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Xin Jiang

 

 

 

Xinjiang (Uyghur: شىنجاڭ‎, ULY: Shinjang; Mandarin pronunciation: [ɕíntɕjɑ́ŋ]; Chinese: 新疆; pinyin: Xīnjiāng; Wade–Giles: Hsin1-chiang1; postal map spelling: Sinkiang), officially Xinjiang Uyghur Autonomous Region, is an autonomous region of the People's Republic of China in the northwest of the country. It is the largest Chinese administrative division and spans over 1.6 million km2. Xinjiang borders Russia, Mongolia, Kazakhstan, Kyrgyzstan, Tajikistan, Afghanistan, Pakistan and India. It has abundant oil reserves and is China's largest natural gas-producing region.

 

Xinjiang

 

Chinese name

 

Chinese 新疆

 

Postal Map Sinkiang

 

[show]Transcriptions

 

Xinjiang Uyghur Autonomous Region

 

Traditional Chinese 新疆維吾爾自治區

 

Simplified Chinese 新疆维吾尔自治区

 

[show]Transcriptions

 

Mongolian name

 

Mongolian script

 

[show]Transcriptions

 

Uyghur name

 

Uyghur

 

شىنجاڭ ئۇيغۇر ئاپتونوم رايونى

 

[show]Transcriptions

 

Kazakh name

 

Kazakh شينجياڭ ۇيعۇر اۆتونوميالى رايونى

 

Шыңжаң Ұйғыр аутономиялық ауданы

 

Şïnjyañ Uyğur avtonomyalı rayonı

 

Kyrgyz name

 

Kyrgyz شئنجاڭ ۇيعۇر اپتونوم رايونۇ

 

Шинжаң-Уйгур автоном району

 

Şincañ Uyğur avtonom rayonu

 

Oirat name

 

Oirat Zuungar

 

It is home to a number of ethnic groups including the Uyghur, Han, Kazakh, Tajiks, Hui, Kyrgyz, and Mongol, with a majority of the population adhering to Islam. More than a dozen autonomous prefectures and counties for minorities are in Xinjiang. Older English-language reference works often refer to the area as Chinese Turkestan. Xinjiang is divided into the Dzungarian Basin in the north and the Tarim Basin in the south by a mountain range. Only about 4.3% of Xinjiang's land area is fit for human habitation.

 

With a documented history of at least 2,500 years, a succession of peoples and empires has vied for control over all or parts of this territory. Before the 21st century, all or part of the region has been ruled or controlled by the Tocharians, Yuezhi, Xiongnu Empire, Xianbei state, Kushan Empire, Rouran Khaganate, Han Empire, Former Liang, Former Qin, Later Liang, Western Liáng, Rouran Khaganate, Tang Dynasty, Tibetan Empire, Uyghur Khaganate, Kara-Khitan Khanate, Mongol Empire, Yuan Dynasty, Chagatai Khanate, Moghulistan, Northern Yuan,Yarkent Khanate, Dzungar Khanate, Qing Dynasty, the Republic of China and, since 1950, the People's Republic of China.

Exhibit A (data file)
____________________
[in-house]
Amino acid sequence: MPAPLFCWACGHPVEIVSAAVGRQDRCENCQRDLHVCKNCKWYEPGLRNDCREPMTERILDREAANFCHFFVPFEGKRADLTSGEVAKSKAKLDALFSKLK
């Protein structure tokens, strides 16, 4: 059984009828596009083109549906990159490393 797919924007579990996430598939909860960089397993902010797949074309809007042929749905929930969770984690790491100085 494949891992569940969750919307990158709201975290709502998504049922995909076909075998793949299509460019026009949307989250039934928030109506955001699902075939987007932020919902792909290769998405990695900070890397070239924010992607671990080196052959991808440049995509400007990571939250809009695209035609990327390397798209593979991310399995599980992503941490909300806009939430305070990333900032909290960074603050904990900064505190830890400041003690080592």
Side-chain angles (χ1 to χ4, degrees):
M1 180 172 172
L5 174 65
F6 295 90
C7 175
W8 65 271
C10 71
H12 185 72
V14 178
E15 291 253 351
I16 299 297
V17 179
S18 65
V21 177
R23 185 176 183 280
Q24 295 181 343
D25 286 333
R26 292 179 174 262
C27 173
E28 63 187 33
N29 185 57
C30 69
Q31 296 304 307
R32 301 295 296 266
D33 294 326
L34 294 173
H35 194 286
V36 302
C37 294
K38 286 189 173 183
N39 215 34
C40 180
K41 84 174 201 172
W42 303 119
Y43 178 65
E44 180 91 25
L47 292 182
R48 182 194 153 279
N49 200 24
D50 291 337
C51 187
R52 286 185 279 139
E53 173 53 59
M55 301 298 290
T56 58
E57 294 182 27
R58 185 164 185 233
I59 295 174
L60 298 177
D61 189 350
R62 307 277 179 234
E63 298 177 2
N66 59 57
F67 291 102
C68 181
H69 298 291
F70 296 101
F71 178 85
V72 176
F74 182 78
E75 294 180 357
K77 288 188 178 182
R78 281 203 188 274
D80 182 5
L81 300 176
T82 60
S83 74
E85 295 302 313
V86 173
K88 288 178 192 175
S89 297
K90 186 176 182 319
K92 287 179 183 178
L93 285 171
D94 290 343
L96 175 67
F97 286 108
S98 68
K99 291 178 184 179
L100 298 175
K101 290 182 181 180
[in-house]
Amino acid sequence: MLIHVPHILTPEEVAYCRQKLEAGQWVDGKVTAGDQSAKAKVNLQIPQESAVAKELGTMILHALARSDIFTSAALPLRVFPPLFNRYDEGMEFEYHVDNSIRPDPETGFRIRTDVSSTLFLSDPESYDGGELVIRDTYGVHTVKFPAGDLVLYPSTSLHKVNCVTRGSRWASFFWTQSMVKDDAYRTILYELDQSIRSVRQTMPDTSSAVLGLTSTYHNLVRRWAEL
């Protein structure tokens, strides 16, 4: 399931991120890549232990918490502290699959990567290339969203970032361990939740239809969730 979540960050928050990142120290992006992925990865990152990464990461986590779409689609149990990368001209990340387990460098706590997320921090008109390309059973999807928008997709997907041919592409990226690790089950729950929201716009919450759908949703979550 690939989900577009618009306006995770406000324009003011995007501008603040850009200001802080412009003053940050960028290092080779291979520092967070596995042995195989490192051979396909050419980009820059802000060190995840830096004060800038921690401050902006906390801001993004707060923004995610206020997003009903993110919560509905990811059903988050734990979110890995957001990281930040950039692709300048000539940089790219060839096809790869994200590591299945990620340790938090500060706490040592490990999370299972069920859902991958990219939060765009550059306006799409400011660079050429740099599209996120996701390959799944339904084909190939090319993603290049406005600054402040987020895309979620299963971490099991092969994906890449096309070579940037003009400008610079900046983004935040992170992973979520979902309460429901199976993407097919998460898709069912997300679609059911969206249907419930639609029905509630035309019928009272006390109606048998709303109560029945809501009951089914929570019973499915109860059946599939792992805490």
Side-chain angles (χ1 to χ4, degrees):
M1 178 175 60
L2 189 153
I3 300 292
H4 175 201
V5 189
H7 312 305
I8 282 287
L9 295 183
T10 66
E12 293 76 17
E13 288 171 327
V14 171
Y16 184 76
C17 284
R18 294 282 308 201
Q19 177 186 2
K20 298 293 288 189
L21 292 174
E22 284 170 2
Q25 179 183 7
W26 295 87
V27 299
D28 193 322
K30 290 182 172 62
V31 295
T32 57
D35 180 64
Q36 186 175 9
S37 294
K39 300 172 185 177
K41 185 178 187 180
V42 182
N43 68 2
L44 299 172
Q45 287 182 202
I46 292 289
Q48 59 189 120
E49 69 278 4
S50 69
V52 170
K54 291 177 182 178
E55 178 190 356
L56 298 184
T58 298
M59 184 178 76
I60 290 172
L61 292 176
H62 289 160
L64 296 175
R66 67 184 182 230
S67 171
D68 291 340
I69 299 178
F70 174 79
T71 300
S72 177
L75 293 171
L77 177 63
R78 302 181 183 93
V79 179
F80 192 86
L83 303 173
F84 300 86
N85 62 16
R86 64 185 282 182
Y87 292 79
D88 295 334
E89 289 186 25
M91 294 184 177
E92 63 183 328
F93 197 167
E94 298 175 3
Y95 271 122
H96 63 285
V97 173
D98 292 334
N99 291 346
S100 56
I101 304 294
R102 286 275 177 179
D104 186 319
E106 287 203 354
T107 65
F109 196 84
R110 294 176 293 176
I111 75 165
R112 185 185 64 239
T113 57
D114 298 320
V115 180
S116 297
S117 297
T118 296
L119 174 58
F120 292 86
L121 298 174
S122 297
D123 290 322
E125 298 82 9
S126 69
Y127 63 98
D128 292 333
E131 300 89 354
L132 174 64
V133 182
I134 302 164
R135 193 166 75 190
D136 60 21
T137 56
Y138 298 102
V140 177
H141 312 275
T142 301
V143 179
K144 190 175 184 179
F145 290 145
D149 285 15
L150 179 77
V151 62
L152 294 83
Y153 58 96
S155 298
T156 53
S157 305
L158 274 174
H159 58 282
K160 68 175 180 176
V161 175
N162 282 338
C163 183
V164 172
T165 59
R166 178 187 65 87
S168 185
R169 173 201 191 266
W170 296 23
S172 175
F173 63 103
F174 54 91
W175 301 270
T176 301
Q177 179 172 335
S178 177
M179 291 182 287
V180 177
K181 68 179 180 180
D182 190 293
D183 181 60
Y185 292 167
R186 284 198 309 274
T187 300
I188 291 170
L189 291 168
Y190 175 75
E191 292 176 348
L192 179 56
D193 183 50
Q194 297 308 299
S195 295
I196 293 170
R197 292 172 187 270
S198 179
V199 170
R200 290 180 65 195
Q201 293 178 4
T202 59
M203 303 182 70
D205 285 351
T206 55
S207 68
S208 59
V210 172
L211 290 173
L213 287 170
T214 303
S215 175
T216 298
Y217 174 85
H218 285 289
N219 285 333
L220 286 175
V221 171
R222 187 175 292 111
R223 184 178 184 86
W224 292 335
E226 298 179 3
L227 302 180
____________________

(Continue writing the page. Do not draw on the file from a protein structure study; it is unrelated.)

Geography and geology

 

Xinjiang is the largest political subdivision of China—it accounts for more than one sixth of China's total territory and a quarter of its boundary length. It is split by the Tian Shan mountain range (Uyghur: تەڭرى تاغ‎, ULY: Tengri Tagh), which divides it into two large basins: the Dzungarian Basin in the north, and the Tarim Basin in the south. Much of the Tarim Basin is dominated by the Taklamakan Desert. The lowest point in Xinjiang, and in the entire PRC, is the Turpan Depression, 155 metres below sea level; its highest point is the mountain K2, 8611 metres above sea level, on the border with Pakistan. Other mountain ranges include the Pamir Mountains in the southwest, the Karakoram in the south, and the Altai Mountains in the north.

 

Most of Xinjiang is young geologically, having been formed from the collision of the Indian plate with the Eurasian plate, forming the Tian Shan, Kunlun Shan, and Pamir mountain ranges. Consequently, Xinjiang is a major earthquake zone. Older geological formations occur principally in the far north where the Junggar Block is geologically part of Kazakhstan, and in the east which is part of the North China Craton.

 

Xinjiang has within its borders the point of land remotest from the sea, the so-called Eurasian pole of inaccessibility (46°16.8′N 86°40.2′E) in the Dzoosotoyn Elisen Desert, 1,645 miles (2,647 km) from the nearest coastline (straight-line distance).

 

The Tian Shan mountain range marks the Xinjiang-Kyrgyzstan border at the Torugart Pass (3752 m). The Karakorum highway (KKH) links Islamabad, Pakistan with Kashgar over the Khunjerab Pass.

 

Rivers include the Tarim River.

 

 

Time

 

Officially, Xinjiang is on the same time zone as the rest of China, Beijing Time (UTC+8). However, being roughly two time zones west of the capital, some residents follow their own unofficial Xinjiang Time (UTC+6).[59] The division follows ethnic lines, with Han tending to use Beijing Time and Uighurs tending to use Xinjiang Time; this is seen as a form of resistance to the central government.[60] Regardless of the ethnicity of their proprietors, most businesses and schools open and close according to Xinjiang time, i.e. two hours later than their equivalents in other regions of China.

 

Deserts

 

Deserts include:

 

Dzoosotoyn Elisen Desert

 

Kumtag Desert

 

Taklamakan Desert

 

Major cities

 

Urumqi

 

Turpan

 

Kashgar

 

Karamay

 

Yining

 

Shihezi

 

Hotan

 

Atux

 

Aksu

 

Korla

 

Climate[edit]

 

Generally, a semi-arid or desert climate (Köppen BSk or BWk, respectively) prevails in Xinjiang. The entire region is marked by great seasonal differences in temperature and cold winters. During the summer, the Turpan Depression usually records the hottest temperatures nationwide, with air temperatures easily exceeding 40 °C (104 °F). In the far north and the highest mountain elevations, however, winter temperatures regularly drop below −20 °C (−4 °F).

 

Bordering regions

 

East: Gansu

 

Southeast: Qinghai

 

South: Tibet Autonomous Region

 

Southwest: Jammu and Kashmir (India) Disputed and Gilgit-Baltistan (Pakistan)—Disputed

 

West:

 

Badakhshan Province, Afghanistan

 

Gorno-Badakhshan Autonomous Province, Tajikistan

 

Osh, Naryn, and Issyk Kul Provinces, Kyrgyzstan

 

Almaty, East Kazakhstan Provinces, Kazakhstan

 

North: Altai Republic, Russia

 

Northeast: Bayan-Ölgii, Khovd, Govi-Altai Provinces, Mongolia